This article was previously published under Q320851
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When you develop applications by using Microsoft Visual Studio 2005 or Microsoft Visual Studio .NET on multiple computers, you may have to copy user-specific settings from one computer to another. This article describes where customized settings are located and how to copy these settings.
Visual Studio 2005 or Visual Studio .NET stores user information in many different files. These files are located in many different folders. Depending on your requirements, you can copy these files from one computer to another. The following are various settings and their corresponding locations:
User Preferences (such as editor settings) that are different from the default settings are stored at the following registry key:
Environment Profiles (such as window locations, sizes, and toolbox sets) are stored in the following folder:
User Profile Path\Application Data\Microsoft\VisualStudio\7.0\ or User Profile Path\Application Data\Microsoft\VisualStudio\8.0\
Settings for related applications (such as MSDN Library and Debug) are stored in the following folders:
User Profile Path\Application Data\Microsoft\MSDN\7.0\ or User Profile Path\Application Data\Microsoft\MSDN\8.0\
User Profile Path\Application Data\Microsoft\VSA\7.0\ or User Profile Path\Application Data\Microsoft\VSA\8.0\
User Profile Path\Application Data\Microsoft\DbgClr\7.0\ or User Profile Path\Application Data\Microsoft\DbgClr\8.0\
For Web projects, local caches are stored in the following folder:
User Profile Path\VsWebCache\Server Name\Project Name
User settings for a specific application are stored in a Visual Studio Solution User Options (.suo) file. A file of this type is named ApplicationName.suo. This file is stored in the same folder where the ApplicationName.sln file is stored. It is not a good idea to share this file on a source-control system. However, if only one user works on that computer, this file is available with the local copy of the project. You can copy these settings to another computer by copying the .suo file to the corresponding folder when you import the applicable settings.
Macro project settings such as Show up are not included in the Add Reference dialog box or the Component Selector dialog box. However, you can copy Start page customizations, Dynamic Help additions, add-ins, HTML Designer customizations and wizards to the new computer. By default, macros are stored in the following folder:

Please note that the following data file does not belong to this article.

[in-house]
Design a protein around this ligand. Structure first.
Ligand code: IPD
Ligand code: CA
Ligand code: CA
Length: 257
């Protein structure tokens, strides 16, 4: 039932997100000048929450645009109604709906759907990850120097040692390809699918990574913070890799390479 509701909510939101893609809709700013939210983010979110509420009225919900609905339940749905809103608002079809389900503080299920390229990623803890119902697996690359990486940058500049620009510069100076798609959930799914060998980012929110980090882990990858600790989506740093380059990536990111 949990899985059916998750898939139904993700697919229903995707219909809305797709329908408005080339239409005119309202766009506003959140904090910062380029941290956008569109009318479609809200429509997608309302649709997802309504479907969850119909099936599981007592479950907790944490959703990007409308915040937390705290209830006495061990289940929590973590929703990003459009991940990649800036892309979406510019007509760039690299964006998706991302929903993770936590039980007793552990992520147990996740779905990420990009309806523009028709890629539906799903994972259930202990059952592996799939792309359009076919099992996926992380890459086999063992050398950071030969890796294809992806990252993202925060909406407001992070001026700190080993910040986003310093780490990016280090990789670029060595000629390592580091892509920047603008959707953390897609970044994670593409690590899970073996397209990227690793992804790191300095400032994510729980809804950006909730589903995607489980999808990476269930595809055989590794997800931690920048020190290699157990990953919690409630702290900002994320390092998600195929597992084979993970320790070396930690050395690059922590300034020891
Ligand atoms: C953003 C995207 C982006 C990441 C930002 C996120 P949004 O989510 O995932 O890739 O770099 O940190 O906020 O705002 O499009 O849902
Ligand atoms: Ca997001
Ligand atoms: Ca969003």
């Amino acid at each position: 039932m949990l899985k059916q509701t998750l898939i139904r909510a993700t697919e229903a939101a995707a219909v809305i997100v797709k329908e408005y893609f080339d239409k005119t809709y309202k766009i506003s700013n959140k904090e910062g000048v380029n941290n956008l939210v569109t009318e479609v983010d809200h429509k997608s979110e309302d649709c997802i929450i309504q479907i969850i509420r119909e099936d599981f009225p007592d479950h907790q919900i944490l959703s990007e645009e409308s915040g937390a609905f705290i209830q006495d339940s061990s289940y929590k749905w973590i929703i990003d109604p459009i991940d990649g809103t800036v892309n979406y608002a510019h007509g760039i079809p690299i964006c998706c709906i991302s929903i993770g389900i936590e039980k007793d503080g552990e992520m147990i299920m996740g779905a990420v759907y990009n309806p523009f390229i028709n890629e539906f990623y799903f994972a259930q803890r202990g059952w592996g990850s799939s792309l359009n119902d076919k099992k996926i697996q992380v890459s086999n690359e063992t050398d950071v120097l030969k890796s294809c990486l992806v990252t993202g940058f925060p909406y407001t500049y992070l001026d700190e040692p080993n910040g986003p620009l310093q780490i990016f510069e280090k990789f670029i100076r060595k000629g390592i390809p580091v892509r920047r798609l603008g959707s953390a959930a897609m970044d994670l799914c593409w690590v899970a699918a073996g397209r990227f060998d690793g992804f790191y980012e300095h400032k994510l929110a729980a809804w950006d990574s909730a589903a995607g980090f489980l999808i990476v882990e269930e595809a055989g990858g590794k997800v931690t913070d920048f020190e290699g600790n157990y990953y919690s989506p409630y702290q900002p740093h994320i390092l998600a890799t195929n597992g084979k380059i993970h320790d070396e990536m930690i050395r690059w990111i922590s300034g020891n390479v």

User Profile Path\My Documents\Visual Studio Projects\Vsmacros\MyMacros
When you click Add Reference in Visual Studio 2005 or Visual Studio .NET, a short list of components appears. The following folder contains managed assemblies that run in the development environment:
Visual Studio Install Path\Common7\IDE\PublicAssemblies
You can call these assemblies from macros, add-ins, and other user code. The assemblies in this folder appear in the Add Reference dialog box and in the Component Selector dialog box of the Object Browser. For example, you would install COM interoperability wrappers in the PublicAssemblies folder for automation object models. The assembly is Vslangproj.dll.
Managed assemblies that run in the development environment but are not called from user code are stored in the following folder:
Visual Studio Install Path\Common7\IDE\PrivateAssemblies
These assemblies do not appear in the Add Reference dialog box or in the Component Selector dialog box of the Object Browser. For example, you would install managed add-ins or designers in this folder.
Your personal Toolbox settings are stored in the Toolbox.tbd file in the following folder:
User Profile Path\Application Data\Microsoft\VisualStudio\7.0 or User Profile Path\Application Data\Microsoft\VisualStudio\8.0
You can customize the Toolbox by right-clicking a tab, and then clicking Add Tab, Delete Tab, Rename Tab, or Customize Toolbox. To make a component appear in the Customize Toolbox dialog box, the component must be a registered COM control, or a .NET control component that is registered in global assembly cache (GAC). For more information about how to build your own control, visit the following Microsoft Web site:
You can add support for new versions of markup languages such as HTML and XML to the HTML designer. This support is added in the form of a schema file (.xsd). These schema files are located in the following folder (in either the HTML folder or the XML folder, as appropriate):
Visual Studio Install Path\Common7\Packages\Schemas
For more information about HTML and XML schema extensibility, visit the following Microsoft Web site:
Settings for components such as browsers and default settings of Visual Studio .NET are stored in the following folder:
User Profile Path\Local Settings\Application Data\Microsoft\VisualStudio\7.0 or User Profile Path\Local Settings\Application Data\Microsoft\VisualStudio\8.0
You can create a file named Sysincl.dat that lists the folders that are not included in dependency checking. Any file in a specified folder, or in one of its subfolders, is not included. You can store your Sysincl.dat file in the following folder:
User Profile Path\Local Settings\Application Data\Microsoft\VisualStudio\7.0
For more information about how to exclude files when dependency checking, visit the following Microsoft Web site:
Microsoft Visual Studio 2005 Standard Edition, Microsoft Visual Studio 2005 Professional Edition, Microsoft Visual Studio .NET 2003 Enterprise Architect, Microsoft Visual Studio .NET 2003 Enterprise Developer, Microsoft Visual Studio .NET 2003 Academic Edition, Microsoft Visual Studio .NET 2002 Professional Edition, Microsoft Visual Studio .NET 2002 Enterprise Architect, Microsoft Visual Studio .NET 2002 Enterprise Developer, Microsoft Visual Studio .NET 2002 Academic Edition